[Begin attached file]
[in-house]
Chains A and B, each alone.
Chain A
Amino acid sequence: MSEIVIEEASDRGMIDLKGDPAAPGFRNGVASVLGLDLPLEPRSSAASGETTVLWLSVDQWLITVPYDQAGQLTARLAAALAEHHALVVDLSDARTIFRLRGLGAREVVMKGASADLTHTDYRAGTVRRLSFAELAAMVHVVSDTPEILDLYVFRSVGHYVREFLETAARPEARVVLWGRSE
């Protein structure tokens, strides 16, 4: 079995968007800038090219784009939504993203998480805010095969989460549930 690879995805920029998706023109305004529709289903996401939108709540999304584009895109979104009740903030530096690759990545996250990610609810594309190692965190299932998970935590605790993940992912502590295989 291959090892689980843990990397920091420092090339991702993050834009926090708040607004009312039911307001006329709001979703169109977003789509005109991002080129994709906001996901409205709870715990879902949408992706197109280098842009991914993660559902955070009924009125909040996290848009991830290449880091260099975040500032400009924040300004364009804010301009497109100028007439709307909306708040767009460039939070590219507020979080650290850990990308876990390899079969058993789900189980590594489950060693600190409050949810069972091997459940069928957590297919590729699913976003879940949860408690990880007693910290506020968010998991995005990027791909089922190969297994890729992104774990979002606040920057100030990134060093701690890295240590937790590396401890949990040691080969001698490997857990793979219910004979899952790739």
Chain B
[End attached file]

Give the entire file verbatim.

[in-house]
Chains A and B, each alone.
Chain A
Amino acid sequence: MSEIVIEEASDRGMIDLKGDPAAPGFRNGVASVLGLDLPLEPRSSAASGETTVLWLSVDQWLITVPYDQAGQLTARLAAALAEHHALVVDLSDARTIFRLRGLGAREVVMKGASADLTHTDYRAGTVRRLSFAELAAMVHVVSDTPEILDLYVFRSVGHYVREFLETAARPEARVVLWGRSE
């Protein structure tokens, strides 16, 4: 079995968007800038090219784009939504993203998480805010095969989460549930 690879995805920029998706023109305004529709289903996401939108709540999304584009895109979104009740903030530096690759990545996250990610609810594309190692965190299932998970935590605790993940992912502590295989 291959090892689980843990990397920091420092090339991702993050834009926090708040607004009312039911307001006329709001979703169109977003789509005109991002080129994709906001996901409205709870715990879902949408992706197109280098842009991914993660559902955070009924009125909040996290848009991830290449880091260099975040500032400009924040300004364009804010301009497109100028007439709307909306708040767009460039939070590219507020979080650290850990990308876990390899079969058993789900189980590594489950060693600190409050949810069972091997459940069928957590297919590729699913976003879940949860408690990880007693910290506020968010998991995005990027791909089922190969297994890729992104774990979002606040920057100030990134060093701690890295240590937790590396401890949990040691080969001698490997857990793979219910004979899952790739």
Chain B